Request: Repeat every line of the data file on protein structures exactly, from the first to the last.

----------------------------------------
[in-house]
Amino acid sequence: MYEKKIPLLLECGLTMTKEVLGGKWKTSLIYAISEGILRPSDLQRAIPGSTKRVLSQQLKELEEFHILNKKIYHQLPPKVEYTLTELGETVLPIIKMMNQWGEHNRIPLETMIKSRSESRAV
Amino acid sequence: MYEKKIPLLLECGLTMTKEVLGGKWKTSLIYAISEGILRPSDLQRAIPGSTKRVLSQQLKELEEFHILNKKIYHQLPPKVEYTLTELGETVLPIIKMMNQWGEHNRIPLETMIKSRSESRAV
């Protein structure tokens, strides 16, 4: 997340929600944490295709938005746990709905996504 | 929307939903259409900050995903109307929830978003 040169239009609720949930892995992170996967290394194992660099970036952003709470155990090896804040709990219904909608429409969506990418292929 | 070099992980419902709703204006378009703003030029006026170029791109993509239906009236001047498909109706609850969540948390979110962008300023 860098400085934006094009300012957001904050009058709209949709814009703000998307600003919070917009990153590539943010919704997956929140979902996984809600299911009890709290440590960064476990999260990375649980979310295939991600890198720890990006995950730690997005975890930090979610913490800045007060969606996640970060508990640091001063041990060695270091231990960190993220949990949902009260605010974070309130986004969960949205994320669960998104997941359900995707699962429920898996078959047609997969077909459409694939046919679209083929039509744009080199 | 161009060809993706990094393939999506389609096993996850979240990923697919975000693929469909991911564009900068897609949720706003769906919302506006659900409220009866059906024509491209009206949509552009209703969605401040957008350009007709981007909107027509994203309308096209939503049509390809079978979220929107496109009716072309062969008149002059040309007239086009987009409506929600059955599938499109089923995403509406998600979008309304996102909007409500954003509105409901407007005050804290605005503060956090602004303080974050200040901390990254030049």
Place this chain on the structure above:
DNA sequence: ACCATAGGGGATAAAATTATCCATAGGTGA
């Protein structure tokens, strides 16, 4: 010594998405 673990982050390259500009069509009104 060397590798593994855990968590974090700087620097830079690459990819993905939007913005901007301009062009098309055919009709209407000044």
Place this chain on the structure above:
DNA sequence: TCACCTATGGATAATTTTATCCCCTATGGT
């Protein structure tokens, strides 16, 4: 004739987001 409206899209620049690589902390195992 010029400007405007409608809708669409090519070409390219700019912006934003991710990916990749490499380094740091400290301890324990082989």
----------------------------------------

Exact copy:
[in-house]
Amino acid sequence: MYEKKIPLLLECGLTMTKEVLGGKWKTSLIYAISEGILRPSDLQRAIPGSTKRVLSQQLKELEEFHILNKKIYHQLPPKVEYTLTELGETVLPIIKMMNQWGEHNRIPLETMIKSRSESRAV
Amino acid sequence: MYEKKIPLLLECGLTMTKEVLGGKWKTSLIYAISEGILRPSDLQRAIPGSTKRVLSQQLKELEEFHILNKKIYHQLPPKVEYTLTELGETVLPIIKMMNQWGEHNRIPLETMIKSRSESRAV
């Protein structure tokens, strides 16, 4: 997340929600944490295709938005746990709905996504 | 929307939903259409900050995903109307929830978003 040169239009609720949930892995992170996967290394194992660099970036952003709470155990090896804040709990219904909608429409969506990418292929 | 070099992980419902709703204006378009703003030029006026170029791109993509239906009236001047498909109706609850969540948390979110962008300023 860098400085934006094009300012957001904050009058709209949709814009703000998307600003919070917009990153590539943010919704997956929140979902996984809600299911009890709290440590960064476990999260990375649980979310295939991600890198720890990006995950730690997005975890930090979610913490800045007060969606996640970060508990640091001063041990060695270091231990960190993220949990949902009260605010974070309130986004969960949205994320669960998104997941359900995707699962429920898996078959047609997969077909459409694939046919679209083929039509744009080199 | 161009060809993706990094393939999506389609096993996850979240990923697919975000693929469909991911564009900068897609949720706003769906919302506006659900409220009866059906024509491209009206949509552009209703969605401040957008350009007709981007909107027509994203309308096209939503049509390809079978979220929107496109009716072309062969008149002059040309007239086009987009409506929600059955599938499109089923995403509406998600979008309304996102909007409500954003509105409901407007005050804290605005503060956090602004303080974050200040901390990254030049």
Place this chain on the structure above:
DNA sequence: ACCATAGGGGATAAAATTATCCATAGGTGA
């Protein structure tokens, strides 16, 4: 010594998405 673990982050390259500009069509009104 060397590798593994855990968590974090700087620097830079690459990819993905939007913005901007301009062009098309055919009709209407000044």
Place this chain on the structure above:
DNA sequence: TCACCTATGGATAATTTTATCCCCTATGGT
């Protein structure tokens, strides 16, 4: 004739987001 409206899209620049690589902390195992 010029400007405007409608809708669409090519070409390219700019912006934003991710990916990749490499380094740091400290301890324990082989």